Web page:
Riddell’s time travel machine also actually looks like a cardboard box with gemstones stuck on it, but Young does the best teeth (the shark on US p24 especially). Young’s vampires are all utterly terrifying with their teeth, but Riddell has an especially chilling Nosferwatu.

Riddell depicts the dad very obviously as Gaiman, although Young’s scruffy haired dad may well be Gaiman too.

Fortunately, The Milk: The Dad
In the UK edition there are 23 pages containing only images (excluding extra pages), and 28 in the US edition. The UK version has 30 pages with text only, compared to 11 in the US. The other pages are a mixture of text and images. The US edition appears to have more frequent, smaller, images compared to the UK and has no double-page spreads without any illustration (apart from one which has white text on a black background and could therefore be considered illustrated).

The UK edition has four double-page spreads without illustrations, although two of these are white text on a black background. However, the UK edition has extra pages of character illustrations and, more significantly, a fold out colour four-page spread picture hidden in the middle.

There is an ending to Fortunately, The Milk that can only been seen in the illustrations. Young’s illustration very obviously points it out; I didn’t actually realise the significance in the UK edition until I’d read the US one, although in retrospect it’s obvious in a different way and I was just being a bit slow! I won’t spoil what that is though, you’ll need to read (either version) to find out.

Text Differences

There are several subtle word changes between the two versions, but one cultural difference that I was surprised not to find was the use of ‘mum’ in both versions. I expected ‘mom’ in the US edition but it’s not used.

A subtle cultural difference that is only apparent in the illustrations is that of the milk. In the UK the milk is in a tetrapak, the US milk is shown as a bottle.

To me, a gondola is a type of boat, one that you’d probably find in Venice. On a trip to Canada I was not keen on the idea of a ‘gondola ride’ because I don’t like boats, but it turned out to be what I’d call a cable-car. In the UK, the container for people that hangs under a hot-air balloon is called a basket. In Fortunately, The Milk, the balloon basket is mentioned on at least six occasions. In the US edition, it’s called a gondola on only two of these occasions (the rest of the time it’s a basket.)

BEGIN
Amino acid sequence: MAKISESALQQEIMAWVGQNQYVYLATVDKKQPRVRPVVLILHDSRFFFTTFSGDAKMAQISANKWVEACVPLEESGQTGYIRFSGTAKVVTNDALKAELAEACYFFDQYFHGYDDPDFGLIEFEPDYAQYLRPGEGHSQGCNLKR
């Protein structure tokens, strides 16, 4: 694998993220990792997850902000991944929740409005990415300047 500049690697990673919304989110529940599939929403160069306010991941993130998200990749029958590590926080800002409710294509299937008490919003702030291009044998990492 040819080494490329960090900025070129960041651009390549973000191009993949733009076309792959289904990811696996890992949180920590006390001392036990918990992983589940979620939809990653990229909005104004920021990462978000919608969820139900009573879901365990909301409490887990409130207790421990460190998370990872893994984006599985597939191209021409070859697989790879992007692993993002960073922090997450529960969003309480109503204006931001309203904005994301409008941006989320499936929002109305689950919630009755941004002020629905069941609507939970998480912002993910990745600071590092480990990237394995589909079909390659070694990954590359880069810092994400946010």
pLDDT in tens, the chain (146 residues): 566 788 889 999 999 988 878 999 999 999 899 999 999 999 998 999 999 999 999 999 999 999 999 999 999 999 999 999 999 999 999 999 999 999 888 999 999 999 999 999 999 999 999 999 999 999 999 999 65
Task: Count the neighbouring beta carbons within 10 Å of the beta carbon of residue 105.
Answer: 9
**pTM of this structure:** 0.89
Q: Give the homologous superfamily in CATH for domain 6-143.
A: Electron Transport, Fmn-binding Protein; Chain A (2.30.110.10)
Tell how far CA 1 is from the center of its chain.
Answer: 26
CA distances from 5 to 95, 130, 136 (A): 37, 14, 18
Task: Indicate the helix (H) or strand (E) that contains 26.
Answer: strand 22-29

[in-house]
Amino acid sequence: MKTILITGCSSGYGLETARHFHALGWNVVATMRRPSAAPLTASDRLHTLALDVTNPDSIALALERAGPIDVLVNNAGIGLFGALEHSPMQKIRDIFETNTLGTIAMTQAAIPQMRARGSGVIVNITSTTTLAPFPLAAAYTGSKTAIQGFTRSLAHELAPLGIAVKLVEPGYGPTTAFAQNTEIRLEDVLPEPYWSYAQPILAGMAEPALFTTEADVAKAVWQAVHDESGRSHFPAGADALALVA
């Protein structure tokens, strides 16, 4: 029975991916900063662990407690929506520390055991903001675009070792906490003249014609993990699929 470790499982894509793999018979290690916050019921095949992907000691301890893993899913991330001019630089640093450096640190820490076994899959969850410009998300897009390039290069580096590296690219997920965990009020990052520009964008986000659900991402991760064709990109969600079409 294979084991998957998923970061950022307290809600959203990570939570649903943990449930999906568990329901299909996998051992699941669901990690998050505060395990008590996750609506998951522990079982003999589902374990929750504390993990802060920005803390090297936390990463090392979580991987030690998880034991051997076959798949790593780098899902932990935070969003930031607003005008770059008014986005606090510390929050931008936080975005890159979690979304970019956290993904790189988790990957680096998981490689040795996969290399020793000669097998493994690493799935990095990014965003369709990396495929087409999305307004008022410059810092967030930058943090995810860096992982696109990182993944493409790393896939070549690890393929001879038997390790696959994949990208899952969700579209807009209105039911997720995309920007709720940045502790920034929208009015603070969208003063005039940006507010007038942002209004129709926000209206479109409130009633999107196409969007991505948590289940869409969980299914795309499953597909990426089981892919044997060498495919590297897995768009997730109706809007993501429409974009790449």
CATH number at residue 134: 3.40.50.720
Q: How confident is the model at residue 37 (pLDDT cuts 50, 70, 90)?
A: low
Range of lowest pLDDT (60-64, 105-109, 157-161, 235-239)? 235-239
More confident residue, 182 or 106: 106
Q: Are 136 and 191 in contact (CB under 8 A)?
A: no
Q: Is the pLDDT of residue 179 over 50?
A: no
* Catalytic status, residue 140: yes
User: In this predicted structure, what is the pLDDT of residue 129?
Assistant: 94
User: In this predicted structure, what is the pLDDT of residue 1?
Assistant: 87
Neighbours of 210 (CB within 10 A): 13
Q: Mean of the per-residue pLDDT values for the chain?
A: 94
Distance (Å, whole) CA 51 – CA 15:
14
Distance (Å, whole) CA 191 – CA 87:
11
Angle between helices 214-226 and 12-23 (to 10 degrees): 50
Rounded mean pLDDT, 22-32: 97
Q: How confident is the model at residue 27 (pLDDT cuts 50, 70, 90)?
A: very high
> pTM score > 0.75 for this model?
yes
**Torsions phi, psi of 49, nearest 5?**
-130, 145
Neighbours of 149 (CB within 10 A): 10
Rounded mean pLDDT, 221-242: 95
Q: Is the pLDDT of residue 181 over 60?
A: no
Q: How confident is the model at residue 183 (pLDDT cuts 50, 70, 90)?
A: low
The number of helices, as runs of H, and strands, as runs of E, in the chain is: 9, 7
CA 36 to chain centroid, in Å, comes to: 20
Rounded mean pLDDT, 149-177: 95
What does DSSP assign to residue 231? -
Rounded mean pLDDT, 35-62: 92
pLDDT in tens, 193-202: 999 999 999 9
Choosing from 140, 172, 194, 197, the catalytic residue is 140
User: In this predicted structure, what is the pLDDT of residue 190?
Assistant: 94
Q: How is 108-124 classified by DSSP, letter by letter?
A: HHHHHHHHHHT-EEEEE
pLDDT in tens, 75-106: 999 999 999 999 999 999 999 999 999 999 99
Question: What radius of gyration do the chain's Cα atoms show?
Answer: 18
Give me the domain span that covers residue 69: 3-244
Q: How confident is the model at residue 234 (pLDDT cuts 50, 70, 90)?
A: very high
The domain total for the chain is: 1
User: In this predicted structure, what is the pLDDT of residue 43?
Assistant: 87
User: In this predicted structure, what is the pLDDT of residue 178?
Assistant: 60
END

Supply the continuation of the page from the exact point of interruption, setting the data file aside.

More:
The table below contains the wording (and some punctuation) changes I found. I almost certainly missed some, as I compiled this list by reading both versions simultaneously, a few pages at a time.

UK edition

US edition


house key




Now dad came into the kitchen.


Now dad came in.


He had his ‘no tea’ face on.


He had his “no tea” face.


Not skimmed.


Not the fat-free kind.


said my dad


said my father


“Who be ye, landlubber?” asked the woman…


“Who be ye, landlubber?” said the woman…


I’d just been to…


I just set out to…


At the corner of…


On the corner of…


…it was safer just to get…


…it was safer just to have…


 …just like ours, appeared over by…


…just like ours, appeared, over by…




hot air


…the side of the basket…


…the side of the gondola…


embroidered cushions




southern hemisphere


Southern Hemisphere


They had purple skin and orange beards, and…


They had purple skin and…


…into the basket of her balloon…


…into the gondola of her balloon…

Fonts and Paragraphs

This is one of the most interesting (to me) differences between the two versions. There are too many differences for me to list every single one. The US edition uses a larger variety of fonts, and accentuates words and phrases far more than the UK edition. This makes the text more interesting, and helps with intonation when reading, but also makes the text itself harder to read for newer readers and may explain the age band differences in the UK and US editions.

The UK edition only uses two different fonts: one for the main story that the child narrator is telling, and one for the dad’s story. Therefore the interruptions to the story from the children are in the same font as the book started with. The dad’s story is also enclosed in quotes.

In the US edition, when the dad’s story starts it is not separated from the rest of the text by quotes or font changes. However, whilst the story is being told, any interruptions from the children (and answers from the father) are shown in completely different fonts.

Fortunately, The Milk: interruption
The UK edition uses illustrations for the warning signs in the alien spaceship, whereas the US edition uses interesting fonts. This does mean, to take a random example, that if you’re given a text-only proof to read some sense is lost because the illustrations contain part of the text.

Considering the US edition makes such good use of different fonts and emphasis, there are several places where it misses a trick. The start of the dad’s story (UK p16; US p11) feels to me like it should be the dad making a point, and the UK edition has this in capitals: “I BOUGHT THE MILK.” On first confronting Professor Steg (UK p36; US p26), the UK edition puts “You’re a Stegosaurus” in larger text, but there’s no emphasis in the US edition.

The second time the dad is kidnapped by aliens (UK p95; US p70), Professor Steg’s interrupted speech is shown as “…travelling companiAARRGH” with the letters getting larger, but again no emphasis in the US edition. The UK edition also has EYE OF SPLOD in capitals throughout, which isn’t in the US edition.

The UK edition uses black pages with white text more, with seven pages compared to the US edition’s two. White on black is used to emphasise the time travel overshoot in the UK edition (p76/77), which is almost entirely sidelined in the US version (p51/52).

There are other occasions where the UK edition has emphasis and the US doesn’t but on the whole, the US edition has far more emphasis in the text using different fonts, weights and sizes.

Astonishingly, there is actually one page where both the US and UK editions contain exactly the same words (UK p96; US p72).


I think it’s fairly obvious that I am a fan. I’m glad we have both versions, and we’ll treasure them both but (probably because I’m a UK citizen and more used to the UK way of doing things) the UK version has the slight edge for me, although the larger font size may put off older readers.